Contributors, Justin Jackson, Men's Basketball, Sports, WVU Sports

COLUMN: WVU needs to find third scoring option behind Taz Sherman, Sean McNeil

They are Batman and Robin — West Virginia’s duo of Taz Sherman and Sean McNeil — who are desperately seeking a third crime fighter.

To be sure, a third running mate wasn’t exactly needed Sunday, as the Mountaineers won their sixth consecutive game with a 63-50 victory against Kent State in front of an announced attendance of 11,532 inside the Coliseum.

West Virginia’s defense clamped down on the Golden Flashes (5-4) so much in the second half that the frustration eventually wore so much on Kent State head coach Rob Senderoff that he got whistled for two technical fouls and ejected with 7:54 remaining.

On this night, Batman and Robin were enough for WVU (9-1). They flew onto the scene and combined for 46 of the Mountaineers’ 63 points.

For those counting at home, that’s 73% of every point WVU scored came from either McNeil (19) or Sherman (27). They entered the game scoring nearly 48% of the team’s points.

The first half was more telling. The duo scored 22 of the Mountaineers’ 25 points — “I had no idea that was the case,” McNeil said. — and they made eight of the team’s nine baskets.

In a few weeks, once WVU has moved into Big 12 play, this duo is going to find life to be much different.

Teams like Baylor, Kansas and Texas will have athletes available to limit the amount of touches and looks Sherman and McNeil are getting.

And they know it’s coming, too.

“As the season goes on, we’re probably going to see defenses on me and him,” McNeil said. “Right now, we don’t have to force, we can let the game come to us.”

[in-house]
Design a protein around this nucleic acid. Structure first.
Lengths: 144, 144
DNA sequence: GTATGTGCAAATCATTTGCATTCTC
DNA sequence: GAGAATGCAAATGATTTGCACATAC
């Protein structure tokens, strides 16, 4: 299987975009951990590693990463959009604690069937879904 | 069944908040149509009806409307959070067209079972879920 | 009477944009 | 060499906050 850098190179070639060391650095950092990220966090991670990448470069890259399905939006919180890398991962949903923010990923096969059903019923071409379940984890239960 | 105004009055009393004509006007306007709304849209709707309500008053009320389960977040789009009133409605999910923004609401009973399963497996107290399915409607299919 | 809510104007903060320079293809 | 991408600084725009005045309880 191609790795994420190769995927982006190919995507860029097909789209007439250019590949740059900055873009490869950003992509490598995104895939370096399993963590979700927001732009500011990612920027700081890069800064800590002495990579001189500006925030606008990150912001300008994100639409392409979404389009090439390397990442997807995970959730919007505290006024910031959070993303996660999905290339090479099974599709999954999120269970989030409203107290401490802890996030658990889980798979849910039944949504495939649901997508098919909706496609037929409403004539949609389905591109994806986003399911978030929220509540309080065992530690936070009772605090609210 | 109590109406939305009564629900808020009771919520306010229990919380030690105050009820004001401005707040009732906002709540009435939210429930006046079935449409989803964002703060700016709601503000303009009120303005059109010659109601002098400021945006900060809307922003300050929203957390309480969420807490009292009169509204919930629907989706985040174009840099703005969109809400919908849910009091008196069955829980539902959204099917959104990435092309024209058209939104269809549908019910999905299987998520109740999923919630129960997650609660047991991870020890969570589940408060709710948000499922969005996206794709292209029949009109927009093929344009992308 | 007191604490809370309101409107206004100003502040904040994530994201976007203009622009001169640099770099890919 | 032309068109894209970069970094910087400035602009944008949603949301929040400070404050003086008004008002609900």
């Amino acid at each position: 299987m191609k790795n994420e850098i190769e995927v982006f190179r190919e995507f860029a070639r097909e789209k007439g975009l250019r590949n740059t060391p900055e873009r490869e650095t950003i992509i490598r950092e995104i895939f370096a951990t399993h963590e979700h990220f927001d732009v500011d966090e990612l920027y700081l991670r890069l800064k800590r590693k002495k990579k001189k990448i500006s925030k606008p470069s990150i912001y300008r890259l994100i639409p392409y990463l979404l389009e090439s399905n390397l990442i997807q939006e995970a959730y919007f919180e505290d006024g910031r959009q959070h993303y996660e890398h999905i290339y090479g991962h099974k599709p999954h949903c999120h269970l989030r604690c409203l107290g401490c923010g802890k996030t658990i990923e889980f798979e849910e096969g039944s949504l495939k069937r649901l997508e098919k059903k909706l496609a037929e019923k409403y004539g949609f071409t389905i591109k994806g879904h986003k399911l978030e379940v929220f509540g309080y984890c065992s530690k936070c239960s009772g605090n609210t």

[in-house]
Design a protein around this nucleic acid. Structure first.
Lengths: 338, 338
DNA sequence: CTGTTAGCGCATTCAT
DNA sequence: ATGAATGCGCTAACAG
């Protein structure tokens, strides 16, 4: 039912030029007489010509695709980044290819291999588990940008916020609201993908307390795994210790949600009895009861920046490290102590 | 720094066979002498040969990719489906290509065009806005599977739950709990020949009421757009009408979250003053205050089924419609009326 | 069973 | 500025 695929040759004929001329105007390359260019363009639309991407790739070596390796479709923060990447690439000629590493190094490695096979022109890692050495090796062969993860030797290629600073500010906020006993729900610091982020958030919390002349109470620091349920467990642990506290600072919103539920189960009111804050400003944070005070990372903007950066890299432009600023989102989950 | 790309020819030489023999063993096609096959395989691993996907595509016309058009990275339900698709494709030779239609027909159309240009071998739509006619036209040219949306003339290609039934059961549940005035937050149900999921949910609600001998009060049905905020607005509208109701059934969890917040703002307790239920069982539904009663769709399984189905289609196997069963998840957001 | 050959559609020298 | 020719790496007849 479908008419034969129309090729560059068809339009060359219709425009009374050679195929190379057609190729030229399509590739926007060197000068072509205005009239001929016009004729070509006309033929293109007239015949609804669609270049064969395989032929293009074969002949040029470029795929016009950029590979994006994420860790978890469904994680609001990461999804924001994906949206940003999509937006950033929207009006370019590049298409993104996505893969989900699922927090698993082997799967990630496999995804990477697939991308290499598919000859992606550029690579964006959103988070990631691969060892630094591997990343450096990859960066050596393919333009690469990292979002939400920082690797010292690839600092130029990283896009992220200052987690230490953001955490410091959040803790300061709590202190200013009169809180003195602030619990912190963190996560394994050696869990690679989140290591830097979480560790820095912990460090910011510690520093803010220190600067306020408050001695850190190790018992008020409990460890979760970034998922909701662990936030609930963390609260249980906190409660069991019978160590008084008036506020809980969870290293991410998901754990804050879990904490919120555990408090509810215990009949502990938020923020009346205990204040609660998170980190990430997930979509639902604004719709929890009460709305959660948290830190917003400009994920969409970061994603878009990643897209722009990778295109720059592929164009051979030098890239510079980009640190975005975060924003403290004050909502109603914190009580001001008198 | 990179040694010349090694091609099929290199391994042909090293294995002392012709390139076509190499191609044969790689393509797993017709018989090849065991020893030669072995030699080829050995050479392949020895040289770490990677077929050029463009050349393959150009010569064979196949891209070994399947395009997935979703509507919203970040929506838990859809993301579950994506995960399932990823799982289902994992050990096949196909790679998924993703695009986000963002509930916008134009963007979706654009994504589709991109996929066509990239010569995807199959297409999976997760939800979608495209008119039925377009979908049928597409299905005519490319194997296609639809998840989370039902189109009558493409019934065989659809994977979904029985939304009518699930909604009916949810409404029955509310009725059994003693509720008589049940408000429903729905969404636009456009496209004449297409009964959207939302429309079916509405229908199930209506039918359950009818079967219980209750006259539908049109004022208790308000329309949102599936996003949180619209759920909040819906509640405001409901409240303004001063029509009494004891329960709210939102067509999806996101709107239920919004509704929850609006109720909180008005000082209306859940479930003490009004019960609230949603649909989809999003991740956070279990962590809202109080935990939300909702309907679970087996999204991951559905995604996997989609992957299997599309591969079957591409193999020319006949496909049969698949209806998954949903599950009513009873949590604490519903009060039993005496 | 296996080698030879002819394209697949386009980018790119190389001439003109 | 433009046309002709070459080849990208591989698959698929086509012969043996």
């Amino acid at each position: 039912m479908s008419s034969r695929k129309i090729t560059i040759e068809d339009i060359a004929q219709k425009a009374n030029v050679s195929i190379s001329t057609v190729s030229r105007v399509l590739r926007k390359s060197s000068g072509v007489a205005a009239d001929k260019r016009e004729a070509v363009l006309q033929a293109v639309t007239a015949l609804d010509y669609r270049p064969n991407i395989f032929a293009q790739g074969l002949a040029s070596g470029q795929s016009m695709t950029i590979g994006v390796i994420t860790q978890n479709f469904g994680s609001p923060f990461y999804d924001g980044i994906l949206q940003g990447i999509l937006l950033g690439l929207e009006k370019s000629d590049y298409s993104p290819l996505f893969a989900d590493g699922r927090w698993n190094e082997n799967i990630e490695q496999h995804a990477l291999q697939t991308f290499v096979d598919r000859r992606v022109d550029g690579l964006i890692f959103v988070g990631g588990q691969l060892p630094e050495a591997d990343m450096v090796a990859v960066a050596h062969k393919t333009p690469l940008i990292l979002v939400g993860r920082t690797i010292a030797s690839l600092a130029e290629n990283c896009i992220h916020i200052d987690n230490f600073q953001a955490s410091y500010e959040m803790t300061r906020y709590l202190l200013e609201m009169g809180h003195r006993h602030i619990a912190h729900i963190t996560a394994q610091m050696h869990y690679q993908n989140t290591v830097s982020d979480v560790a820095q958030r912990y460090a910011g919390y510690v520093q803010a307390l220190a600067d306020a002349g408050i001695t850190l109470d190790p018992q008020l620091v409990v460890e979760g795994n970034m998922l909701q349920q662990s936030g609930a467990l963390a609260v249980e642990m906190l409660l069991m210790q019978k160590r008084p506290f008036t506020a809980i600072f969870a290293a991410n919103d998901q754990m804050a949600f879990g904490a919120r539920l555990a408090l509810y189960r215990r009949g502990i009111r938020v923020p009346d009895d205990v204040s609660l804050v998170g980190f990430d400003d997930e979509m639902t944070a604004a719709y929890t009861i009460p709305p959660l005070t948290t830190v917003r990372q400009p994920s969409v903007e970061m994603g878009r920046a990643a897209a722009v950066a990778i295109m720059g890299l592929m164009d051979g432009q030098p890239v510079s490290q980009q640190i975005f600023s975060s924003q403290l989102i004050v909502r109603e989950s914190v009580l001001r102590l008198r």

This is where that third or even or fourth guy comes into play.

Jalen Bridges would seem to be the natural fit, having been gifted with the ability to shoot from long range, but also with enough athleticism to score around the basket.

“I was trying to get Jalen going tonight,” McNeil said. “He’s been in a little bit of a slump, but shooters need to keep shooting. Jalen, next game, next shot, it’s going to go in.”

“Jalen is going to figure it out,” added Sherman.

Or maybe it will be Malik Curry or Isaiah Cottrell.

That’s sort of the thing, in the eyes of Sherman and McNeil, they don’t really care who it is, just somebody, anybody please help out.

“Jalen has been really good. Defensively, he’s done a really good job,” WVU head coach Bob Huggins said. “He’s kept balls alive. I think he has been fine. He has been hesitant to shoot for some reason. I repeatedly tell JB that we need you to shoot the ball. It can’t just be Sean and Taz.”

To this point, it’s only been Sherman and McNeil, which has been fun to watch.

Sherman, to this point, has been even a more dominant offensive threat than what Da’Sean Butler and Kevin Jones were in their respective senior seasons.

The way Sherman breaks down a defense, sees the opening and then takes advantage of it is a thing of beauty.

McNeil is the long-range bomber with no conscience. He nailed one against Kent State in the first half that was easily 30-feet away, probably more.

“I think we complement each other really well,” McNeil said. “He creates for himself a little better than I do. He creates, and if you put us both on the same side of the floor, you kind of have to pick your poison.”

How poisonous will it be, though, when the Mountaineers need more than just Sherman and McNeil?

WVU hasn’t needed to find that answer just yet, but those days are coming.

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